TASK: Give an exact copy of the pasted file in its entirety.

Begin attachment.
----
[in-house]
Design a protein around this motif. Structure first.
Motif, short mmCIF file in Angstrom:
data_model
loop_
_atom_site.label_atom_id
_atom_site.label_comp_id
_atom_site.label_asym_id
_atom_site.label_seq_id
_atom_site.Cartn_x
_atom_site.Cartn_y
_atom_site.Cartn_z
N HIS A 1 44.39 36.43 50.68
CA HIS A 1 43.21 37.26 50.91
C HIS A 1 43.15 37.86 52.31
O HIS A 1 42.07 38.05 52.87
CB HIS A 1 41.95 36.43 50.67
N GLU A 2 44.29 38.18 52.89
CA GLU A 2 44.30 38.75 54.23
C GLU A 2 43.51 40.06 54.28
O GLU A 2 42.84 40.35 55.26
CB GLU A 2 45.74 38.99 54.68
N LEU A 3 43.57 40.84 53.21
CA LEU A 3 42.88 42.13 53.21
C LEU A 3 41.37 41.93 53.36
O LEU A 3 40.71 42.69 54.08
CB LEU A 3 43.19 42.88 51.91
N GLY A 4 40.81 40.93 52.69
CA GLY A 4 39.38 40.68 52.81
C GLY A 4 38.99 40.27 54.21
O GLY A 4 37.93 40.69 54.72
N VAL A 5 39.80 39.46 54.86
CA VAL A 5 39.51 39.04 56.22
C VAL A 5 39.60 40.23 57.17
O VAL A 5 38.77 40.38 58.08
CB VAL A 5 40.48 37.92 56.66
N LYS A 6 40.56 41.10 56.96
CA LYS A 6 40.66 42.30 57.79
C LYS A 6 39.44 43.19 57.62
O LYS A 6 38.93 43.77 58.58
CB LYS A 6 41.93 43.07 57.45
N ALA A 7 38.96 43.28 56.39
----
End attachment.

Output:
[in-house]
Design a protein around this motif. Structure first.
Motif, short mmCIF file in Angstrom:
data_model
loop_
_atom_site.label_atom_id
_atom_site.label_comp_id
_atom_site.label_asym_id
_atom_site.label_seq_id
_atom_site.Cartn_x
_atom_site.Cartn_y
_atom_site.Cartn_z
N HIS A 1 44.39 36.43 50.68
CA HIS A 1 43.21 37.26 50.91
C HIS A 1 43.15 37.86 52.31
O HIS A 1 42.07 38.05 52.87
CB HIS A 1 41.95 36.43 50.67
N GLU A 2 44.29 38.18 52.89
CA GLU A 2 44.30 38.75 54.23
C GLU A 2 43.51 40.06 54.28
O GLU A 2 42.84 40.35 55.26
CB GLU A 2 45.74 38.99 54.68
N LEU A 3 43.57 40.84 53.21
CA LEU A 3 42.88 42.13 53.21
C LEU A 3 41.37 41.93 53.36
O LEU A 3 40.71 42.69 54.08
CB LEU A 3 43.19 42.88 51.91
N GLY A 4 40.81 40.93 52.69
CA GLY A 4 39.38 40.68 52.81
C GLY A 4 38.99 40.27 54.21
O GLY A 4 37.93 40.69 54.72
N VAL A 5 39.80 39.46 54.86
CA VAL A 5 39.51 39.04 56.22
C VAL A 5 39.60 40.23 57.17
O VAL A 5 38.77 40.38 58.08
CB VAL A 5 40.48 37.92 56.66
N LYS A 6 40.56 41.10 56.96
CA LYS A 6 40.66 42.30 57.79
C LYS A 6 39.44 43.19 57.62
O LYS A 6 38.93 43.77 58.58
CB LYS A 6 41.93 43.07 57.45
N ALA A 7 38.96 43.28 56.39